If you are unsure of the changes made by the Buyback Regulations, or would like advice in respect of share buyback by private companies, Archers have specific expertise in this area in its corporate team. Watch this amazing presentation to know more.
New rules for Share Buybacks for Private Companies at Archers Corporate Service
New rules for Share Buybacks for Private Companies at
Archers Corporate Service
Before the enforcement of the Buyback Regulations 2013, private
companies may only purchase their own shares by using the distributable
profit of the company.
Since the enforcement of the Buyback Regulation, shares can now be
transferred into treasury where they have been purchased by a company
out of distributable profits or using the Cash De Minimis exemption.
The Buyback Regulations 2013 relaxed the administrative burden of
share buybacks for private companies. The changes introduced can be
summed up as following:
A reduction in the level of shareholder consent required to approve a
It extends the methods to finance a buyback to include the new ‘Cash
De Minimis’ exemption (it enhances the ability for a company to
manage the company share capital with or without distributable
reserves, to fund the share buyback for a cash consideration up to the
lower of £15,000 or 5% of its share capital in each financial year)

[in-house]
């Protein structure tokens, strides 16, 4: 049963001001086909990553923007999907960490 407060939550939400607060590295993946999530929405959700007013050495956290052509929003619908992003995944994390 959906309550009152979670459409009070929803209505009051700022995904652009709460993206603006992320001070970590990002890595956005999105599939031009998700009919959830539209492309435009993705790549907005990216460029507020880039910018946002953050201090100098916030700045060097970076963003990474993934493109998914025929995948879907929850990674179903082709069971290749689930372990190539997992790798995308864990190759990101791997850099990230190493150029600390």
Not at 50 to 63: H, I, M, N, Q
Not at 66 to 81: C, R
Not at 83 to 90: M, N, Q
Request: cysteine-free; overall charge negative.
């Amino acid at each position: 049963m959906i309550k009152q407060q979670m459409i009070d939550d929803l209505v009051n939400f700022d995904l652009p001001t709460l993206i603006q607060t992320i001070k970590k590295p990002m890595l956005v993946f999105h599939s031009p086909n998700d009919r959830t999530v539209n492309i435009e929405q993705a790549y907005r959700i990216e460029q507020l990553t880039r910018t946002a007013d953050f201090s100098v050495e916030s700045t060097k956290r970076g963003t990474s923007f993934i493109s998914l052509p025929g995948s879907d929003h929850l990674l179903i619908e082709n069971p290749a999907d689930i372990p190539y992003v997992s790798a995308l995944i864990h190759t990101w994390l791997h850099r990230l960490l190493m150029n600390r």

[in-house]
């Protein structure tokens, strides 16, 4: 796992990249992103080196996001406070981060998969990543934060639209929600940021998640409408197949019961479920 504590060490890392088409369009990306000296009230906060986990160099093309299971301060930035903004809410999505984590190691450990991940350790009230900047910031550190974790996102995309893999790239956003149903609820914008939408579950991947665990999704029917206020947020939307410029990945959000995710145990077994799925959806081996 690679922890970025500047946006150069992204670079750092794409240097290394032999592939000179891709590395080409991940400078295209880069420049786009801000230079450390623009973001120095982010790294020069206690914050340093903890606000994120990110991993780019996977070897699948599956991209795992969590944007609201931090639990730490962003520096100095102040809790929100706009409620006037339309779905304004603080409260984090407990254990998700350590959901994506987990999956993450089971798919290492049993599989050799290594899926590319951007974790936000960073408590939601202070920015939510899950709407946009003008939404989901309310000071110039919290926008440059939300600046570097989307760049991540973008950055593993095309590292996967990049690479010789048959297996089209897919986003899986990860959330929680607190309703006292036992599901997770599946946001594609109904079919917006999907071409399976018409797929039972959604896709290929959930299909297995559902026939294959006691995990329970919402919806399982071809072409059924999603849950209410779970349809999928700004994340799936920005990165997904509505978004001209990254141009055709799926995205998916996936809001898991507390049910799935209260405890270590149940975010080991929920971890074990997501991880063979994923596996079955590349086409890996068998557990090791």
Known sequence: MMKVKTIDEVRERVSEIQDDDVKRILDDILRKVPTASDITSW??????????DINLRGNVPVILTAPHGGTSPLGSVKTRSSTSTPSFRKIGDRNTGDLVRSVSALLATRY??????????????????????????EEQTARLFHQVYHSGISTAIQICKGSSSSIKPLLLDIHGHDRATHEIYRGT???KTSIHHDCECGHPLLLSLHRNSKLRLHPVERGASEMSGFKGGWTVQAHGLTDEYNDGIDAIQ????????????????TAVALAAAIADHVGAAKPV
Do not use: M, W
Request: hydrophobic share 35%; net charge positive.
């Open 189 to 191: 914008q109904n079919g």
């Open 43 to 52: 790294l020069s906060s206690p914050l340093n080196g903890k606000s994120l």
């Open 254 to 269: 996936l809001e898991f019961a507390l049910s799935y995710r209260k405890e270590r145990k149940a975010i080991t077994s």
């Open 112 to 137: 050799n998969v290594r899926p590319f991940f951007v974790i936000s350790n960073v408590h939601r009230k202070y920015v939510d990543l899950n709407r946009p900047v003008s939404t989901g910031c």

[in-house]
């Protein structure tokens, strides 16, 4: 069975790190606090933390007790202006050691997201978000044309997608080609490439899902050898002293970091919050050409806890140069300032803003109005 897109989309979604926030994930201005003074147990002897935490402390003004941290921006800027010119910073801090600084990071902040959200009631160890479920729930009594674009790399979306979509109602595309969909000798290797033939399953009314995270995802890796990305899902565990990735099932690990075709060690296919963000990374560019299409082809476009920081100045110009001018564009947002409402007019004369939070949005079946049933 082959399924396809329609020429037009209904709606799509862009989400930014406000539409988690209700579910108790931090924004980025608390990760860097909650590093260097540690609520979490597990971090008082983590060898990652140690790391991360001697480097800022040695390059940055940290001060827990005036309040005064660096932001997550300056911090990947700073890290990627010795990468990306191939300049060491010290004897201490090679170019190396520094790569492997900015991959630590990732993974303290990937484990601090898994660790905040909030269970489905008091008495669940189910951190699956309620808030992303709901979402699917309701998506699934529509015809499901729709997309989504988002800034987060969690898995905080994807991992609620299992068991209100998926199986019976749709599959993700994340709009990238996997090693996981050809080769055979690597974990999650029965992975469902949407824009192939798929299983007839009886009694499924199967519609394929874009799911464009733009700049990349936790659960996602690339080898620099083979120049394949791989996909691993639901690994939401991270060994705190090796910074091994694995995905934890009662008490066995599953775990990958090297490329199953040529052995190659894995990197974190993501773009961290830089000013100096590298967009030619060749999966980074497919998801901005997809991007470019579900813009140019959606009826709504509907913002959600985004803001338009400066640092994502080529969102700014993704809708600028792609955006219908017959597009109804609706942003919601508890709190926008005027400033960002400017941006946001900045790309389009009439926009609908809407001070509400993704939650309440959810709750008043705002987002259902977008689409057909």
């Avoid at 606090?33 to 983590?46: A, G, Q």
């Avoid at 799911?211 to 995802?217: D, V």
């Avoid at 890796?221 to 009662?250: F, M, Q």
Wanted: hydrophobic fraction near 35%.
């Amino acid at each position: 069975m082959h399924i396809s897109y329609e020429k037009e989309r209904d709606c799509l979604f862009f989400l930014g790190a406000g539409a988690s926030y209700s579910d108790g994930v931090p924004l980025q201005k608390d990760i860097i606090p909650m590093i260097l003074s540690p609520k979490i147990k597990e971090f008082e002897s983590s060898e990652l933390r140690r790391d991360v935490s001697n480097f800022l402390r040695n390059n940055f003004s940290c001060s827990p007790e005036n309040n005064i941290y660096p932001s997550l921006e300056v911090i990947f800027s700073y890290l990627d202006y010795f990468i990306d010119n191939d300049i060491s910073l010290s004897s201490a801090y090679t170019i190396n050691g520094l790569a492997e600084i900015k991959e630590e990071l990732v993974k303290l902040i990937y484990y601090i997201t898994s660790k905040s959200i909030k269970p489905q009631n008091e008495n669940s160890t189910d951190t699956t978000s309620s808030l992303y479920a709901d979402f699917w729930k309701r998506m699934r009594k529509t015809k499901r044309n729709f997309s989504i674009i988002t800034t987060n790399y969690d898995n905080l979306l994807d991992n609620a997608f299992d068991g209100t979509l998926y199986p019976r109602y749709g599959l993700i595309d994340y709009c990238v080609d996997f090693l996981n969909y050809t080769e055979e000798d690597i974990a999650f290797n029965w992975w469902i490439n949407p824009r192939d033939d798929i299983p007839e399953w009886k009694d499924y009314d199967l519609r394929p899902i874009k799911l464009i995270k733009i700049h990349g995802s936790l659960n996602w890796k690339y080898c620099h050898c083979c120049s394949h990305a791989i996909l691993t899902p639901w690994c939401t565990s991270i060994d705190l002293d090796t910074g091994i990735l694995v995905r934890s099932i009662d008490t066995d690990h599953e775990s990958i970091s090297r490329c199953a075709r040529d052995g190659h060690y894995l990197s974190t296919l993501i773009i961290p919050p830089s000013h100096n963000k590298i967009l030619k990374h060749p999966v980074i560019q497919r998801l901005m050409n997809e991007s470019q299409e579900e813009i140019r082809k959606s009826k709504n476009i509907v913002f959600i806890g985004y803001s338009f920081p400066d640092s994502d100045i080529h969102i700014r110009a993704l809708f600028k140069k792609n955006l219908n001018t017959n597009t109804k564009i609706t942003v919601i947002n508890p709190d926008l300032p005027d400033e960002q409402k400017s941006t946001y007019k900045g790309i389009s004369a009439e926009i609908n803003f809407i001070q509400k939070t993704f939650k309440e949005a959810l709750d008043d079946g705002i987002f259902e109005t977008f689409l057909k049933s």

Private companies may hold shares in treasury. (The ability to hold
treasury shares was a right previously only available to qualified shares
in listed companies).
The treasury shares can be held indefinitely and can be cancelled at any
Private companies can take advantage of the use of treasury shares in
satisfying the exercise of employee share options without the cost or
administrative burden of an employee benefit trust (“EBT”). Shares can be
bought back from former employees and held in treasury pending
redistribution to new employees under an employee share scheme.
Where a company’s shares are held in treasury, the name of the
company must be entered in the register of members and to inform
the Registrar with regards to the creation of the treasury shares.
Whilst the company is entitled to hold treasury shares in order
prevent share dilution, the company cannot exercise any other rights
attached to the treasury shares such as the following:
right to dividends
right to capital distributions
(a). Stamp Duty
For stamp duty purposes, a company purchasing shares into treasury is
liable to pay stamp duty at 0.5% (unless the price is £1,000 or less). The
stamp duty treatment is the same as if the shares were cancelled
following a buyback.
(b). Share Transfer
If the company chooses to sell the shares, it must do so for ‘cash
consideration’. Transfers of treasury shares without consideration are
only permitted if it is for the purposes of an employees’ share scheme.
For tax purposes, any Shares sold or transferred out of treasury are
treated as if they have been newly issued. Therefore, there is no stamp
duty charge on the subsequent sale or transfer of the treasury shares.
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